Monthly Archives: July 2012

Should governments with low bond yields borrow substantially to kickstart the economy?

A well-written recent article on Slate points out that most governments today can borrow on their bond markets at incredibly low rates. The article goes on to suggest that what governments should do is to borrow substantial amounts to inject into the economy to kickstart growth. Forget about Italy, Spain and Greece, rates have never been so low for most countries, says the author. My question to people who know more about the ins and outs of the global economy would be: aren’t these low rates connected to the unsustainably high rates of major economies like Spain and Italy? Is there a message there from investors saying to other countries “if you do the same, you’ll end up like Italy and Spain”? Or is there really?

Advertisements

British austerity, a nation-wide restructuring exercise

The UK Prime Minister, David Cameron, finally tells us the truth (which was already evident to everybody anyway): austerity means a nation-wide restructuring exercise to go on for many years, and that is radically and irreversibly changing Britain into a much more (unequal) market-driven elitist society, where few will have lots of capital and other social and knowledge resources, and most will have to scramble at the margins to get by, both in terms of material security and spaces for psychological freedom and autonomy. More alienating work, less pay. Very few will be able to earn a living by pursuing what they really wanted and worked hard for. It still escapes me how this is supposed to remain one of the “freest” and most prosperous democracies on earth.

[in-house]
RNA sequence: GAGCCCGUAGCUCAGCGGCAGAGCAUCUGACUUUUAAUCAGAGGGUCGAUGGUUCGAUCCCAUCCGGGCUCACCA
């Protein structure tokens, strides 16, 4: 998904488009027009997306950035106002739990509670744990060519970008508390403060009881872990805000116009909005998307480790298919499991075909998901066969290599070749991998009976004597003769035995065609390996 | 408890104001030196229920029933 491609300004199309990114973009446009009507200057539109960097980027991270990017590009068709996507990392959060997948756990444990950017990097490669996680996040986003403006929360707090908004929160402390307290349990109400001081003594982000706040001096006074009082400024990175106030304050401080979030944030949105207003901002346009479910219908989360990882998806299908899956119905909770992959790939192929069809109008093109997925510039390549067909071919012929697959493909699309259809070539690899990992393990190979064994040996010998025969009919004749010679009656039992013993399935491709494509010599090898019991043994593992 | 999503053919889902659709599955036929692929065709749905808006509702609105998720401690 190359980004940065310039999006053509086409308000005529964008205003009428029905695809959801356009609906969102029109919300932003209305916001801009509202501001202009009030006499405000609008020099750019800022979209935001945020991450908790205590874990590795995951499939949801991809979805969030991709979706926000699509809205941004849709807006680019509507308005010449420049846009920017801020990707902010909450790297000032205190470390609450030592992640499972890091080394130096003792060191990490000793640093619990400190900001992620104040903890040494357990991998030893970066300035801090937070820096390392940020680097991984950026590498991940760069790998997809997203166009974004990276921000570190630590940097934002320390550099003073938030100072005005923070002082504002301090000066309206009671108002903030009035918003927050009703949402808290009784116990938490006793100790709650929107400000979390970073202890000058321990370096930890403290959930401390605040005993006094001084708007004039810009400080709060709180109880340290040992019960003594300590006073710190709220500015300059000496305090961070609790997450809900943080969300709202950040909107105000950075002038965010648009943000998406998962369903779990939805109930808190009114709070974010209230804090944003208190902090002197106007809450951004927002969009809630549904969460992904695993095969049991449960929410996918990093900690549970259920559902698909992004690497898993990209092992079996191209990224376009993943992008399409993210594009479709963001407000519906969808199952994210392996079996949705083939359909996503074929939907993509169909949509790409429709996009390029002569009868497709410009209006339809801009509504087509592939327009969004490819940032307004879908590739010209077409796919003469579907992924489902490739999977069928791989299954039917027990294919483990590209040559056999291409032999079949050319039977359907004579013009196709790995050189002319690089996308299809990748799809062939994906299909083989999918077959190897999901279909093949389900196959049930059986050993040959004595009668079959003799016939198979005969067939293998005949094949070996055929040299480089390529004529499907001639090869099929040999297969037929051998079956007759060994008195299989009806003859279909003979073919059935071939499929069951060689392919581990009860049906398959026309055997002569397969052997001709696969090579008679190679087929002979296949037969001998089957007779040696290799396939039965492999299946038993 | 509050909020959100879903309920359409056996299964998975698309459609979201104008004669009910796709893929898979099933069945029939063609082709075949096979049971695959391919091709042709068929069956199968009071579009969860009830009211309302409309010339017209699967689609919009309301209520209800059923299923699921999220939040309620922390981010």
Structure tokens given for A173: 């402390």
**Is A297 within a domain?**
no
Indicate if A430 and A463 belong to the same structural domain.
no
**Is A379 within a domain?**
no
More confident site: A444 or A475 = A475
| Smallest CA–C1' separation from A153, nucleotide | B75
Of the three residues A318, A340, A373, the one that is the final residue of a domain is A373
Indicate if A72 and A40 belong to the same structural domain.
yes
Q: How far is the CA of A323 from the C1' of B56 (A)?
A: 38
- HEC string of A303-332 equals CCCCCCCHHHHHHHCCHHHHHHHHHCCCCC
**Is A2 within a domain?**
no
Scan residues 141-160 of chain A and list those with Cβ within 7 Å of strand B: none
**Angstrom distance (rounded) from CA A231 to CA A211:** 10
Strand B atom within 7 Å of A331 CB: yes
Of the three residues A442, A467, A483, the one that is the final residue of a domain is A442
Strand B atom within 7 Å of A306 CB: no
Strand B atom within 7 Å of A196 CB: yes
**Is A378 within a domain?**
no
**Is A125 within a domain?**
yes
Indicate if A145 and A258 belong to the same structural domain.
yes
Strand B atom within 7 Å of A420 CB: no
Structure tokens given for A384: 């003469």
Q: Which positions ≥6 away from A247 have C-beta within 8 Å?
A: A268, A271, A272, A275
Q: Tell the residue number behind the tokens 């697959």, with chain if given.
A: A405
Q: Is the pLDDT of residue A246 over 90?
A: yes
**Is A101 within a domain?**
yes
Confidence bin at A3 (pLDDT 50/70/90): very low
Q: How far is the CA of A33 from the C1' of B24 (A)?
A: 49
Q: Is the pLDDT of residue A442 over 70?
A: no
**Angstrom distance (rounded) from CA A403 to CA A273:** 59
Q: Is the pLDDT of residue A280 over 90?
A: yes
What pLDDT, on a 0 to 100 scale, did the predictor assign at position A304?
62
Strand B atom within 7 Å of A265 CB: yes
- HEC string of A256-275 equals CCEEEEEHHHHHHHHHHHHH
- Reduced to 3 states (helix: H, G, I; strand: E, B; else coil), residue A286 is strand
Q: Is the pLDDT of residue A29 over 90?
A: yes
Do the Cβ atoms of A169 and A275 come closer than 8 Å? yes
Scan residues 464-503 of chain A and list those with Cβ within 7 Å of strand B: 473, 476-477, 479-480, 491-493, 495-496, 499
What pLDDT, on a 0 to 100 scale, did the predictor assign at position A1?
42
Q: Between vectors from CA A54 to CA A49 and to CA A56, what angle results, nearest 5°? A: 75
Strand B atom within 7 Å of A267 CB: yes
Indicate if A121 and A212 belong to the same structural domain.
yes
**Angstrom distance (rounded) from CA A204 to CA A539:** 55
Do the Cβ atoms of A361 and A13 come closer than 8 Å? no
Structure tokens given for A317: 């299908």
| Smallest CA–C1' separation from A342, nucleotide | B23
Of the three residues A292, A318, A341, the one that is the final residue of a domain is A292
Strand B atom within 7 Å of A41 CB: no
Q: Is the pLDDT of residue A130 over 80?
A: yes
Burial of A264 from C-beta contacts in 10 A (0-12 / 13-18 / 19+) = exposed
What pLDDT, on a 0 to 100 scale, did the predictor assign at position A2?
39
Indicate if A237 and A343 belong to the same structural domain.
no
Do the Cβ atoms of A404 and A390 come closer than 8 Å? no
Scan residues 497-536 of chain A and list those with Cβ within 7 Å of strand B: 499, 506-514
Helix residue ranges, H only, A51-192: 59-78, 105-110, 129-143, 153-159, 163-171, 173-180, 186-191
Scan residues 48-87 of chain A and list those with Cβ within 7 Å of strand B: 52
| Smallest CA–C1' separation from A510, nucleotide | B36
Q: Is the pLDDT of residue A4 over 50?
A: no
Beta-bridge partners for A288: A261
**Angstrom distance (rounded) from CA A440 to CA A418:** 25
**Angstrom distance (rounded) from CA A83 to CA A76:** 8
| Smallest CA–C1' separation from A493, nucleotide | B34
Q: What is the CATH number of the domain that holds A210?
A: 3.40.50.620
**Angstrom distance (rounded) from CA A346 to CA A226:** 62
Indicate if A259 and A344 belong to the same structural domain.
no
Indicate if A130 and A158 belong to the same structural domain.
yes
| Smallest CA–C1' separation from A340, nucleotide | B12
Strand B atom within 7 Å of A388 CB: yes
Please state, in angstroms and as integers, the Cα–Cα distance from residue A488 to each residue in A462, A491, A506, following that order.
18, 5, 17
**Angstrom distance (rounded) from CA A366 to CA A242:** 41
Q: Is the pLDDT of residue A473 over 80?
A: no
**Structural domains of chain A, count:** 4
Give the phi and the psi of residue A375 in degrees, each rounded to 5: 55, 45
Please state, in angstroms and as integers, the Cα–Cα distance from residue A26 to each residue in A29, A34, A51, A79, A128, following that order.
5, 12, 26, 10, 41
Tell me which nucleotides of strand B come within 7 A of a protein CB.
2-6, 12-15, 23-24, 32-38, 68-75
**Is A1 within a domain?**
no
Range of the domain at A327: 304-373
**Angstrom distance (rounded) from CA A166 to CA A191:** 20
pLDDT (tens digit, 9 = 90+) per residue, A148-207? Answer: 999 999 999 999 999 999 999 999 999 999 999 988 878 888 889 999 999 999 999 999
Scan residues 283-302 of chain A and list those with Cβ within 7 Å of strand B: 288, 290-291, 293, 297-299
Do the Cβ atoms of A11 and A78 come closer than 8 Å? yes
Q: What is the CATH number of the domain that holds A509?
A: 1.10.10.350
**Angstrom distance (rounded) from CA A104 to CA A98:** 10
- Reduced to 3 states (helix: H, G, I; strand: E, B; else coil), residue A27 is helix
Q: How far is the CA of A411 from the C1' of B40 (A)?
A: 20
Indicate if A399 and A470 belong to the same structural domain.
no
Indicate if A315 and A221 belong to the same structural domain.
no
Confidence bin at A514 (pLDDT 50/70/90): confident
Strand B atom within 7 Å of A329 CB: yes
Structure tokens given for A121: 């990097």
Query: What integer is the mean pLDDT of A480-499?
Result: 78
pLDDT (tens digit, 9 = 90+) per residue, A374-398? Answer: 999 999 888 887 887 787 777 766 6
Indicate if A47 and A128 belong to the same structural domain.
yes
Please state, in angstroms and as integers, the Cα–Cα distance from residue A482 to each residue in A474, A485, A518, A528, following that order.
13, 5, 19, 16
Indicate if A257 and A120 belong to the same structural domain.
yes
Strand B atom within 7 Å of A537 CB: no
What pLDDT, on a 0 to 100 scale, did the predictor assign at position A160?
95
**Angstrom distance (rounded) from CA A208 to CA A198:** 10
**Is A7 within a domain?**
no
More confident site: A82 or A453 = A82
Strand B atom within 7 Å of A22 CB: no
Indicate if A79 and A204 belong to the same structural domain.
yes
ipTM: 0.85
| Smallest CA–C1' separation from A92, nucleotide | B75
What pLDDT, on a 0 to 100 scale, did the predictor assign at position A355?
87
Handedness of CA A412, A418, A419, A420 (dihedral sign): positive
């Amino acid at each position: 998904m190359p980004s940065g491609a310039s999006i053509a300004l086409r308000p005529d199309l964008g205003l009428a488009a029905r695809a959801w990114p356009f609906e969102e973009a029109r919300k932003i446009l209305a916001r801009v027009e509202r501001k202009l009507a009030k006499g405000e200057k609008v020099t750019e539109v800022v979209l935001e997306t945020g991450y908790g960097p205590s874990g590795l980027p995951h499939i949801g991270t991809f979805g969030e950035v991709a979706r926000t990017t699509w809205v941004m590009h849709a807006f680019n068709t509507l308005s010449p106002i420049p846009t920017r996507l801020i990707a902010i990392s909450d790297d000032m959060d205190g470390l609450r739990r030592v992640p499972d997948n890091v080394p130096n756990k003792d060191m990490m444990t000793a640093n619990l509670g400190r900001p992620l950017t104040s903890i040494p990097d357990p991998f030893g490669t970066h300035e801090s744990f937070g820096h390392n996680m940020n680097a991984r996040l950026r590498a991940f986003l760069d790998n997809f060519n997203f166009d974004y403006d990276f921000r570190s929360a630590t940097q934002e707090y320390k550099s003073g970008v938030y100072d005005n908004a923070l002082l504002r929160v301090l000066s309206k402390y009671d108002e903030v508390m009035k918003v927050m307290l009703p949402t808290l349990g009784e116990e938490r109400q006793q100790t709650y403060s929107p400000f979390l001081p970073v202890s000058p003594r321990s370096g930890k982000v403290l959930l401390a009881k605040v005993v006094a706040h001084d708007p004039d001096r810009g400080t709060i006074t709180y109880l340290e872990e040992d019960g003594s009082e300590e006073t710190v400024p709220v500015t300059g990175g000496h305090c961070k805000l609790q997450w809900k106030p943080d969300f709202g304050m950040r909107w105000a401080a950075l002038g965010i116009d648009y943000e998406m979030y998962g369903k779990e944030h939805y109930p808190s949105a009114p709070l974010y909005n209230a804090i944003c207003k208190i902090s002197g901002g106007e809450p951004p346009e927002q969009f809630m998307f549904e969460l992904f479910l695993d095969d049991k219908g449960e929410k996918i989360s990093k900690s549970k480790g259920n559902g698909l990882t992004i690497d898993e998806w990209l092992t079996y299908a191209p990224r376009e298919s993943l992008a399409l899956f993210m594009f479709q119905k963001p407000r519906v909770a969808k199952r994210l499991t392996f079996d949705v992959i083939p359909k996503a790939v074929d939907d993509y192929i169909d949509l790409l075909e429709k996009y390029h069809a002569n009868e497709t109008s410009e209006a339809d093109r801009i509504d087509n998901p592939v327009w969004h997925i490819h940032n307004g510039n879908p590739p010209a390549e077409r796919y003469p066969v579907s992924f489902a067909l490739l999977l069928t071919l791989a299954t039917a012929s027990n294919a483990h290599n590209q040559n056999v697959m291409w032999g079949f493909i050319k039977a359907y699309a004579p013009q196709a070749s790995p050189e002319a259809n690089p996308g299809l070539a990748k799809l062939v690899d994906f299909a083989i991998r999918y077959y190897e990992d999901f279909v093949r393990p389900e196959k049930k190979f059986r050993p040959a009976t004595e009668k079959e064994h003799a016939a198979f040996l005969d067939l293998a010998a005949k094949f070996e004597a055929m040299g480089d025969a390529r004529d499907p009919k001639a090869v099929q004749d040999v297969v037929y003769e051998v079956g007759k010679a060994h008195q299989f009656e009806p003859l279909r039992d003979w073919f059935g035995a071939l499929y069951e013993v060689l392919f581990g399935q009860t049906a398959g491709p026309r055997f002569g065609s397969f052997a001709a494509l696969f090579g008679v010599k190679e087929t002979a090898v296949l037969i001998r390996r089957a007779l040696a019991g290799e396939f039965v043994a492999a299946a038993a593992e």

Euro crisis: no systemic solution in sight

Check out this insightful report on the Eu summit of the 9th July on the Financial Times Alphaville blog.  Despite announcements to the contrary from Europe top technobureaucrats every time they have a summit, it’s clear that we are a long way from a systemic solution to the economic and fiscal crisis in the Eurozone. European technocracy’s gradualist approach runs the danger of not being effective and quick enough if market turmoil continues, as it already happened in 2008. On the other hand, technocrats are thriving on crisis: until we live in a state of permanent economic emergency, we need them, this seems to be the gist of the argument. As long as they keep on managing the edges of financial chaos ‘just’, we won’t come out of the emergency, and any democratic process to deal with the underlying structural problems will continue to be de facto suspended, until further notice. Tough times ahead, no light at the end of the tunnel for now.